Nicko suggested I start a post on this for those who want to grind their own flour. It is work and not for everybody!
Step one is deciding on a mill.
How much flour do you need a week?
Do you want motorized?
Do you want to be able to control the grind from super fine to cracked wheat or settle for standard flour?
When picking a mill one of my main concerns was being able to use it during power outages. I went with a hand cranked mill that I can add a motor too if I want. I also wanted stone grinding wheels and not steel. Retsel is one of the major mill makers, they have a great product and some of the worst customer service on the planet. If you order form them patience is required because shipping is slow, mt mill took 2 months to ship. I got there most basic mill because I only use 4-6 cups of flour a week. http://retsel.com/store/product_info.php/cPath/26_31/products_id/34/osCsid/2ea6e9b4dcf6f1cbe304db777be6d521
Other types of mills are out there, impact mills that turn wheat berries to flour via a spinning hammer type mill head. They work well if all you want is all purpose flour but have little adjustment range. Motorized mills without hand cranks but use the standard grinding wheels of steel or stone letting you grind flour from ultra fine to cracked wheat(makes great breakfast porridge). I had an impact type mill for 2 years. It worked but I was not satisfied with the lack of adjustment. Plus with impact mills you MUST sort the wheat berries and remove all stones. I missed a stone and when my mill was 2 years old it self destructed beyond economical repair.That tipped me in favor of an old fashioned mill. If I miss a stone I can feel and hear it hit the grinding wheels and remove it before it does much damage.
Motorizing is nice but you lose that feel for what the mill is doing, yes you can hear a stone but you may not be able to turn it off before it wrecks your stones or steel burrs.
Prices for mills can range from $40 upwards. I have seen mills go for over $1,000 but they are also reproductions of antiques that are functional. http://www.thefreshloaf.com/ has a lot of mill reviews and is a good starting point to decide what you want. They also have recipes because using fresh flour is a bit different than something that may have been in storage a year or more.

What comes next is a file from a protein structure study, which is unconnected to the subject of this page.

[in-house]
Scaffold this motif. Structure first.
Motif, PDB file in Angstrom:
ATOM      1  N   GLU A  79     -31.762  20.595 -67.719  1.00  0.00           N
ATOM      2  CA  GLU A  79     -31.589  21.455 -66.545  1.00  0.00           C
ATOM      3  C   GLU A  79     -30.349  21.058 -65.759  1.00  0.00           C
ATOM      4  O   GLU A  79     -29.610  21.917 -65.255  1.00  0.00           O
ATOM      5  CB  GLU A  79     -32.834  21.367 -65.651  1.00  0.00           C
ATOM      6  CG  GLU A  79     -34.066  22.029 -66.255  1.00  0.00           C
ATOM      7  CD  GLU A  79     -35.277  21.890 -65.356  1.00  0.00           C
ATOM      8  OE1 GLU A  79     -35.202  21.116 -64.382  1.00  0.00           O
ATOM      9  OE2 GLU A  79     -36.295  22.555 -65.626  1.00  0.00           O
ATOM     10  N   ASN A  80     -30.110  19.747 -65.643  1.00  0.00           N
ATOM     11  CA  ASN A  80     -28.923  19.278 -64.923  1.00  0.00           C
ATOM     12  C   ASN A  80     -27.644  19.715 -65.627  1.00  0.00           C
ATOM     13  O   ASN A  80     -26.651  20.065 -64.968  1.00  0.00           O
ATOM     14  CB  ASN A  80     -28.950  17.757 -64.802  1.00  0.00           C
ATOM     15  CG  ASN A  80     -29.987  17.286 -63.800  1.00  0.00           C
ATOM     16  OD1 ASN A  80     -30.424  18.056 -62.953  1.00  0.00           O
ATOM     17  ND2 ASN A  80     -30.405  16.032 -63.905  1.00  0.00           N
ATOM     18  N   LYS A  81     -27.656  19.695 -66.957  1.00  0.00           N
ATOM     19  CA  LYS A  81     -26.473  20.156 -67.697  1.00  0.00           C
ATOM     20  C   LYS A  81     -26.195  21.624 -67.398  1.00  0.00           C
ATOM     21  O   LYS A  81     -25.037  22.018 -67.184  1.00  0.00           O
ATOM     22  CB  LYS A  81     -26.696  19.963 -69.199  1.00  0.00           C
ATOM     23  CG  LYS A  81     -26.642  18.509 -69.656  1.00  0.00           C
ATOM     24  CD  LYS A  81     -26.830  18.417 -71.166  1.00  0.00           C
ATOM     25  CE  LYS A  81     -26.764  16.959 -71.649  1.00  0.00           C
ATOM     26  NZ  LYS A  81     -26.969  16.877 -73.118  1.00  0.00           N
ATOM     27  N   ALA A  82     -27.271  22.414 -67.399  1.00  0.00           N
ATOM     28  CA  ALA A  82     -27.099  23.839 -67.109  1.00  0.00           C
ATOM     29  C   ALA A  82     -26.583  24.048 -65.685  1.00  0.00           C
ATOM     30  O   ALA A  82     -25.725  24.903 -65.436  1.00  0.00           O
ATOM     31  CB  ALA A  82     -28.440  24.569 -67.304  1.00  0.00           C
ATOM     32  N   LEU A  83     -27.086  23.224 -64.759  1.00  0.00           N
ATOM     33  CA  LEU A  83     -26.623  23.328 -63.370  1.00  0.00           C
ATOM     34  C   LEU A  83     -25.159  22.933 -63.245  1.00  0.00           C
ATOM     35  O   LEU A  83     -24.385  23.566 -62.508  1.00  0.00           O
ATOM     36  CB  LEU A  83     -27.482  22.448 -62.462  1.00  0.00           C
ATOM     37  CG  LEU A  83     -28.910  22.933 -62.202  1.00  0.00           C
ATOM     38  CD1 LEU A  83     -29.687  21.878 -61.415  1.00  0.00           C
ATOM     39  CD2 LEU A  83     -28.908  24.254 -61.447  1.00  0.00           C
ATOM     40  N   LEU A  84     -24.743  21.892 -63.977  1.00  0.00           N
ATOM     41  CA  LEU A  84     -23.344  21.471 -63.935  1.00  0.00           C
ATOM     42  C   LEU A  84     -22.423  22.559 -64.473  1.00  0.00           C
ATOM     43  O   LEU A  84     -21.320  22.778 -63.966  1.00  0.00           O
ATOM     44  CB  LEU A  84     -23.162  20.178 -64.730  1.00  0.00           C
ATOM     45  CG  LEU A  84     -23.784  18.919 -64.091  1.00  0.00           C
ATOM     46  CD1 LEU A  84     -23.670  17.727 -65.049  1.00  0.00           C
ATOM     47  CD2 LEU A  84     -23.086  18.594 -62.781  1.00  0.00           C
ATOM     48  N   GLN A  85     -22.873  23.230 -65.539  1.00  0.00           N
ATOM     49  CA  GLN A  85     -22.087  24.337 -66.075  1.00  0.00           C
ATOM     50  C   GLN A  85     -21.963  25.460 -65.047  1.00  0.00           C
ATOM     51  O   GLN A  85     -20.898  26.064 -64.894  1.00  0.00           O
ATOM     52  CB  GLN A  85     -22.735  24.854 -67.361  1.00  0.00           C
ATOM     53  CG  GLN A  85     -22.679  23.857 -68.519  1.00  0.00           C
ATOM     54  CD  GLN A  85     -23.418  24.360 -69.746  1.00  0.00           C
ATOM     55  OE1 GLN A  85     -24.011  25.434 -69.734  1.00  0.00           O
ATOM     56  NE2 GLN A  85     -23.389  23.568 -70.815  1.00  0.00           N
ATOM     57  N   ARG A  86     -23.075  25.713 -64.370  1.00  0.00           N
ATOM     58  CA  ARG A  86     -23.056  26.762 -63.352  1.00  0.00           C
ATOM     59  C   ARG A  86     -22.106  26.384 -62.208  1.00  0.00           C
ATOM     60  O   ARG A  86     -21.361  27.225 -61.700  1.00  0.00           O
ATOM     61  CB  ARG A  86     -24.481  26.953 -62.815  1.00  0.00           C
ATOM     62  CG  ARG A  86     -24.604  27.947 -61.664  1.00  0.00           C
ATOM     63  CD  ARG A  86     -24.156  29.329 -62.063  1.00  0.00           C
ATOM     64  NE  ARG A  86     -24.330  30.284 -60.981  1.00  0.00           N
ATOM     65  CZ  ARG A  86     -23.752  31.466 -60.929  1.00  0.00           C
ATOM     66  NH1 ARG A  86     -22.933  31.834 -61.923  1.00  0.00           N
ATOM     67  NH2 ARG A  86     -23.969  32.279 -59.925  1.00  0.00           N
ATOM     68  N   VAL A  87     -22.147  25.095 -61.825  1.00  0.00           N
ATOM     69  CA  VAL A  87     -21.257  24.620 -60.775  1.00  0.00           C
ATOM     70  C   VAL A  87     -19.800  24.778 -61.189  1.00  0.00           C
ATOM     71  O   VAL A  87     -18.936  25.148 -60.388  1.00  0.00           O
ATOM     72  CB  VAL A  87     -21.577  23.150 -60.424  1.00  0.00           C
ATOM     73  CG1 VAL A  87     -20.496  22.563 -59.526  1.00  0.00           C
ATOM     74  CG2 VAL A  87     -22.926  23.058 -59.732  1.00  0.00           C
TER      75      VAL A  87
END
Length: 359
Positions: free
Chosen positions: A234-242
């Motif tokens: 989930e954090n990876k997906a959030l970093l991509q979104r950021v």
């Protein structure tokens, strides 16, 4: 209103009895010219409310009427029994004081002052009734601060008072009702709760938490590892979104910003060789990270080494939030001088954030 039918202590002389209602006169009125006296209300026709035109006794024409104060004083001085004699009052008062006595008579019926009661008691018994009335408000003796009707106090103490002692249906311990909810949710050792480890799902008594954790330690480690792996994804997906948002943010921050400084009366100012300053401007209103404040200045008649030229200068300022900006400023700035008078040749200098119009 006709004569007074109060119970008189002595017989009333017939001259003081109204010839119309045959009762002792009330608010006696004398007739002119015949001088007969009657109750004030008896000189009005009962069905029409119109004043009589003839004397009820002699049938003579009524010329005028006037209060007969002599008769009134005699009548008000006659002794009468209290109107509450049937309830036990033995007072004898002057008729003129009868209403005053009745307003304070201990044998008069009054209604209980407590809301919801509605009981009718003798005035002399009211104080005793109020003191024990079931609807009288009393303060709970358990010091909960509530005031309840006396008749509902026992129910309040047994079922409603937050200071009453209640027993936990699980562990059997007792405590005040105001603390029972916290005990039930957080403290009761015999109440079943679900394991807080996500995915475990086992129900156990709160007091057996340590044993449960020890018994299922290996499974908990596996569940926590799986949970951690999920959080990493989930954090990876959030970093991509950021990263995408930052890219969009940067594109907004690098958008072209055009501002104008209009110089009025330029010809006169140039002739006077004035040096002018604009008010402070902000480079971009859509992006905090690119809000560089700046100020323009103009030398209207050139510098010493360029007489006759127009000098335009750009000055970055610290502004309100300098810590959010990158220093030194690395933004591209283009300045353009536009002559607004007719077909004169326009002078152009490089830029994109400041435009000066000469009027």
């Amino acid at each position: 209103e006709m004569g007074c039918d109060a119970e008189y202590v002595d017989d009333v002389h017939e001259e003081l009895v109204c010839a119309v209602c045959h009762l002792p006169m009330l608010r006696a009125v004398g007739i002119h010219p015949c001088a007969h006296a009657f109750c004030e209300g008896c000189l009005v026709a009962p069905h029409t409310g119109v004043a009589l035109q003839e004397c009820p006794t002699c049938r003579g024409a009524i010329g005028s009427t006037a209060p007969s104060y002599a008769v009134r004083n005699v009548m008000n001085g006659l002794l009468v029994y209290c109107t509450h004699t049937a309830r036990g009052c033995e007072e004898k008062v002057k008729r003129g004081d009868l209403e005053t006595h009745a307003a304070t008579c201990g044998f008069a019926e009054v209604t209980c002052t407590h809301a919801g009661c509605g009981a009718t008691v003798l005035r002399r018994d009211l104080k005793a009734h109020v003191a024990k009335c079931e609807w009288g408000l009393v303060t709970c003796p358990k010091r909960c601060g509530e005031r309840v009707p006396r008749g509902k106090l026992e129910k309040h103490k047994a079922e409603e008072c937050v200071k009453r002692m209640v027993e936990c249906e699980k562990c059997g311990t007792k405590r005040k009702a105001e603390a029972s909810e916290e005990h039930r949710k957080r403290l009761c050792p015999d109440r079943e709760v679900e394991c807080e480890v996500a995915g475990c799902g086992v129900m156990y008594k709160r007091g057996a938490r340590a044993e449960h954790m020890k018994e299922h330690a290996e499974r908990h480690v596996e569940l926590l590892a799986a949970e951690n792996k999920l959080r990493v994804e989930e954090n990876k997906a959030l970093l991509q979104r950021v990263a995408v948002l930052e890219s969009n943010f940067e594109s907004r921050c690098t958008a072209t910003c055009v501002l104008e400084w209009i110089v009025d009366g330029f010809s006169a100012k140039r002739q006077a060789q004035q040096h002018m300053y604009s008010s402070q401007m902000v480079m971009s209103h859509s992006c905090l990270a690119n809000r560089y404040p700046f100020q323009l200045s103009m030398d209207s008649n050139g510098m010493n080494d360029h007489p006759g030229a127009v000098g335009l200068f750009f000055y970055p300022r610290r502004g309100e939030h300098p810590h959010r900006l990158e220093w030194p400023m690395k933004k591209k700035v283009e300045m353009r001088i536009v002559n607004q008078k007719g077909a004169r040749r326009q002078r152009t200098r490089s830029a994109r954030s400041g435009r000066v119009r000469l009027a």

Fresh flour has many nutritional benefits. All of the wheat berry is in it, commercial flour removes the bran and wheat germ, they also process with chemicals and add things to it. Fresh flour has disadvantages, recipe changes, short shelf life. Recipe changes can be worked out, using a biga or other type of starter helps digest the wheat a bit making it easier for us to digest it and get more out of it. And I have found that people with gluten intolerance can often handle the organic wheat made from older strains. Heirloom wheat varieties do not have the over abundance of a certain enzyme and I suspect that has a link to gluten intolerance.
Now that you have a mill you are going to find other things to grind. With steel burrs(plates) I can make peanut butter, grind oily seeds etc that an impact mil can't touch. Plus you can grind rice, corn, beans(ground pinto beans are great for fast refried beans). I grind cornmeal for making corn bread and it tastes so much better than the stale corn meal off the shelf.
Hope this helps a little, get questions going about what works and what doesn't. I use recipes from the internet and from the Bread Bakers Apprentice, and you can use a bread machine if you want. I do for sandwich breads just because it is easy. A small 1 1/2 pound loaf lasts me a week. Excess dough gets formed into rolls, sub buns etc and I freeze them. Take 1 or 2 out the night before, place in an oiled bowl, cover and into the fridge over night. In the morning take them out and let them rise on the counter then bake for fresh bread for supper.